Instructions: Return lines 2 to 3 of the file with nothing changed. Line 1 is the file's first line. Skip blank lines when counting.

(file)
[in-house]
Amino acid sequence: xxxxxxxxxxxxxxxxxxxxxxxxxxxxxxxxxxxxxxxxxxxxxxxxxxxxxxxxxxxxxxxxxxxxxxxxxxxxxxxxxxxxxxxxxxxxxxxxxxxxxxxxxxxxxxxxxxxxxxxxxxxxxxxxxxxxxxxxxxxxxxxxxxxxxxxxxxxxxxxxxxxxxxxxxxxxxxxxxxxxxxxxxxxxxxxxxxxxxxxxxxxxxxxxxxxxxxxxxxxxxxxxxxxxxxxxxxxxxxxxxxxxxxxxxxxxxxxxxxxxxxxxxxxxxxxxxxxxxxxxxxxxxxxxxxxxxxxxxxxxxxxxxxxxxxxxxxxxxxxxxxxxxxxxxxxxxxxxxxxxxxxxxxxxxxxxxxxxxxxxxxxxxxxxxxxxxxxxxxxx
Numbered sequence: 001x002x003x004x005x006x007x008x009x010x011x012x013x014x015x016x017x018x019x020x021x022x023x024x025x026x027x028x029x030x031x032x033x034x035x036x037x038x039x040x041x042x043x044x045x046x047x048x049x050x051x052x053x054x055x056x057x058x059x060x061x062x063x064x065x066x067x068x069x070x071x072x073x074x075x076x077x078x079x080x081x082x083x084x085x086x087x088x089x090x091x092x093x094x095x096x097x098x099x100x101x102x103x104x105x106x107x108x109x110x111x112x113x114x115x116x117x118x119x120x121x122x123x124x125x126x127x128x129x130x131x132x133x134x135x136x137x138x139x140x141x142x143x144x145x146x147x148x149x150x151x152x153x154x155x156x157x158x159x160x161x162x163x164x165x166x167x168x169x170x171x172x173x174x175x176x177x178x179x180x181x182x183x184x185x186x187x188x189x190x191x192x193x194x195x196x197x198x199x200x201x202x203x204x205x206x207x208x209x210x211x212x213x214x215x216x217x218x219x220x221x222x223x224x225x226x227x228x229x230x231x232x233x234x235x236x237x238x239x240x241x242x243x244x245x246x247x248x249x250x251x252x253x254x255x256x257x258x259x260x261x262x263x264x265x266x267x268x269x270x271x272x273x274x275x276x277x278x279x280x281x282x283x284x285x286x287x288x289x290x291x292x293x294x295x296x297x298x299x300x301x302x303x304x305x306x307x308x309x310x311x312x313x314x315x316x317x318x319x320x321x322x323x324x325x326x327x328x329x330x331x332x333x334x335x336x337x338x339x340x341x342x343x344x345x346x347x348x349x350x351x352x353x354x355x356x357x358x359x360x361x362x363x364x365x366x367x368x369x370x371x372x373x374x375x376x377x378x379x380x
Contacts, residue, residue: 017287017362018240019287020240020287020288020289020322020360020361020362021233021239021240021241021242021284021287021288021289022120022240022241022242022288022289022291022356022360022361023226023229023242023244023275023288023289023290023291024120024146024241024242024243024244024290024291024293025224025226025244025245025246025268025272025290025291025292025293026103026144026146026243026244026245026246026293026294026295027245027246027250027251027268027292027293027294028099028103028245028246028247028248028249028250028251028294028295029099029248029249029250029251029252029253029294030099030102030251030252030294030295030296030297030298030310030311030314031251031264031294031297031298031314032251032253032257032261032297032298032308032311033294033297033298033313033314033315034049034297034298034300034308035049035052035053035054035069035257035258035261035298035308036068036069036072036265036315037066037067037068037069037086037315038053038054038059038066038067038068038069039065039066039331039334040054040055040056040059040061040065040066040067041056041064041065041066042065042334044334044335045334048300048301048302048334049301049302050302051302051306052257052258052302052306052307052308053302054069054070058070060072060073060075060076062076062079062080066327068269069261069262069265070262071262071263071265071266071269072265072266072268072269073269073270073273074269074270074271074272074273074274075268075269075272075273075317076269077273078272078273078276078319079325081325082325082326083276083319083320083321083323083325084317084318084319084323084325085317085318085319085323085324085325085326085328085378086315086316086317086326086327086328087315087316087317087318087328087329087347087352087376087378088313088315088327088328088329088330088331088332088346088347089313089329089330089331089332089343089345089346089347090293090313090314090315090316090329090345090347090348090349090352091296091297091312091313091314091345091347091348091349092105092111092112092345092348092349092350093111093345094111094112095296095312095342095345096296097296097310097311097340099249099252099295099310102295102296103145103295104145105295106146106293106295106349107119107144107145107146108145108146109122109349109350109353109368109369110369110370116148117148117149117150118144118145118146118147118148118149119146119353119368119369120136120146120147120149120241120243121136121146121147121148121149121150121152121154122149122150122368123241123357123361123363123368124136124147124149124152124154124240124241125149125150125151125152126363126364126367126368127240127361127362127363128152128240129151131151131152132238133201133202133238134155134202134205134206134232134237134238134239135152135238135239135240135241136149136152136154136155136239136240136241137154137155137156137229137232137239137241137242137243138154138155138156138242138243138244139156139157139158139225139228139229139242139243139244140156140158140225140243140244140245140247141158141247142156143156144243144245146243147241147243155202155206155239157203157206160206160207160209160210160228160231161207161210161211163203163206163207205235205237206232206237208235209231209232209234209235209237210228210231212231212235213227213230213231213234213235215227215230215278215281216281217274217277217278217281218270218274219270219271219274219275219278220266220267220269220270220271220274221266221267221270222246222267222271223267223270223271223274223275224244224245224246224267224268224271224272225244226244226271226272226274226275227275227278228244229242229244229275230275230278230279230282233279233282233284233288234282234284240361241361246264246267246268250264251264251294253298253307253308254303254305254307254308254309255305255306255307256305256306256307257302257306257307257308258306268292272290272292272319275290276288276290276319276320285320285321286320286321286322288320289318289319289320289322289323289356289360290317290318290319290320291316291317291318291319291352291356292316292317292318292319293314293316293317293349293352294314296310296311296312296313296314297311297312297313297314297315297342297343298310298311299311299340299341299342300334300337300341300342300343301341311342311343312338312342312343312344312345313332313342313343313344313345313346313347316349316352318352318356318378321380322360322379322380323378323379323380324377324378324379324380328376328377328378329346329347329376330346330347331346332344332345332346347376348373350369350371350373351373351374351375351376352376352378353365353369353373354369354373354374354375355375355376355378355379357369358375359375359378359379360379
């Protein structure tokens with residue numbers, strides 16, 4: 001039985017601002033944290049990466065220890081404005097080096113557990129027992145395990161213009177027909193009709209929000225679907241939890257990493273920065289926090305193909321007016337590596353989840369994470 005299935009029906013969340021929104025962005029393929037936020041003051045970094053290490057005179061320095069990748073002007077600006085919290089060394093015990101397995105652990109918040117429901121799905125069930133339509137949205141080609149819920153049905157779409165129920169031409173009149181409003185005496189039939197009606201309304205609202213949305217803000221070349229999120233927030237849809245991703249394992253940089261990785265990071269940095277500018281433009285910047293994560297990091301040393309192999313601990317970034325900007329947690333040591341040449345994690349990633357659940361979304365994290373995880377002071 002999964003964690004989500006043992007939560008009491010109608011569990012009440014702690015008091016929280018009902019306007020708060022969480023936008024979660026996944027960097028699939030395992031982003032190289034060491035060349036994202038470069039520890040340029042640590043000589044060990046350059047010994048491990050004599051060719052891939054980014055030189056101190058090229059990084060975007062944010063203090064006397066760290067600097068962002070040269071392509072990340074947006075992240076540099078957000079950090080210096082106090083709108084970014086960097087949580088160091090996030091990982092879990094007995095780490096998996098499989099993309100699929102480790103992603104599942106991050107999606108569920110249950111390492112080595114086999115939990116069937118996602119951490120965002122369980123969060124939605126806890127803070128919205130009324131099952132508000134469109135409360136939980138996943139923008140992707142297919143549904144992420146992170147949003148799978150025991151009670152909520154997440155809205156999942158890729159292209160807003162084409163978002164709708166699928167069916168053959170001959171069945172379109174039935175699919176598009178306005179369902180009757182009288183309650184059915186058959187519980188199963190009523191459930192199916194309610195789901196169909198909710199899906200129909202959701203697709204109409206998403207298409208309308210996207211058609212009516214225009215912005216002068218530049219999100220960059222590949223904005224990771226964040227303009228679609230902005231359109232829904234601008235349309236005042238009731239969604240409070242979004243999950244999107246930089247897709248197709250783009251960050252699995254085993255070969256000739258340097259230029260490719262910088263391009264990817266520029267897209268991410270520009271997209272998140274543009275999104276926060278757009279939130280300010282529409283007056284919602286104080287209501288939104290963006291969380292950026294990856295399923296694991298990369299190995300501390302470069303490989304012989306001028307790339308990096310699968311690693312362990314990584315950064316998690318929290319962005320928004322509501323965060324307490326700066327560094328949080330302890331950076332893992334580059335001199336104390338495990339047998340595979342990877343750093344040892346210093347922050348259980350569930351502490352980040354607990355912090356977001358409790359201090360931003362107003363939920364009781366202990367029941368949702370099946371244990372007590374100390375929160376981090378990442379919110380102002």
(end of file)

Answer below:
Amino acid sequence: xxxxxxxxxxxxxxxxxxxxxxxxxxxxxxxxxxxxxxxxxxxxxxxxxxxxxxxxxxxxxxxxxxxxxxxxxxxxxxxxxxxxxxxxxxxxxxxxxxxxxxxxxxxxxxxxxxxxxxxxxxxxxxxxxxxxxxxxxxxxxxxxxxxxxxxxxxxxxxxxxxxxxxxxxxxxxxxxxxxxxxxxxxxxxxxxxxxxxxxxxxxxxxxxxxxxxxxxxxxxxxxxxxxxxxxxxxxxxxxxxxxxxxxxxxxxxxxxxxxxxxxxxxxxxxxxxxxxxxxxxxxxxxxxxxxxxxxxxxxxxxxxxxxxxxxxxxxxxxxxxxxxxxxxxxxxxxxxxxxxxxxxxxxxxxxxxxxxxxxxxxxxxxxxxxxxxxxxxxxx
Numbered sequence: 001x002x003x004x005x006x007x008x009x010x011x012x013x014x015x016x017x018x019x020x021x022x023x024x025x026x027x028x029x030x031x032x033x034x035x036x037x038x039x040x041x042x043x044x045x046x047x048x049x050x051x052x053x054x055x056x057x058x059x060x061x062x063x064x065x066x067x068x069x070x071x072x073x074x075x076x077x078x079x080x081x082x083x084x085x086x087x088x089x090x091x092x093x094x095x096x097x098x099x100x101x102x103x104x105x106x107x108x109x110x111x112x113x114x115x116x117x118x119x120x121x122x123x124x125x126x127x128x129x130x131x132x133x134x135x136x137x138x139x140x141x142x143x144x145x146x147x148x149x150x151x152x153x154x155x156x157x158x159x160x161x162x163x164x165x166x167x168x169x170x171x172x173x174x175x176x177x178x179x180x181x182x183x184x185x186x187x188x189x190x191x192x193x194x195x196x197x198x199x200x201x202x203x204x205x206x207x208x209x210x211x212x213x214x215x216x217x218x219x220x221x222x223x224x225x226x227x228x229x230x231x232x233x234x235x236x237x238x239x240x241x242x243x244x245x246x247x248x249x250x251x252x253x254x255x256x257x258x259x260x261x262x263x264x265x266x267x268x269x270x271x272x273x274x275x276x277x278x279x280x281x282x283x284x285x286x287x288x289x290x291x292x293x294x295x296x297x298x299x300x301x302x303x304x305x306x307x308x309x310x311x312x313x314x315x316x317x318x319x320x321x322x323x324x325x326x327x328x329x330x331x332x333x334x335x336x337x338x339x340x341x342x343x344x345x346x347x348x349x350x351x352x353x354x355x356x357x358x359x360x361x362x363x364x365x366x367x368x369x370x371x372x373x374x375x376x377x378x379x380x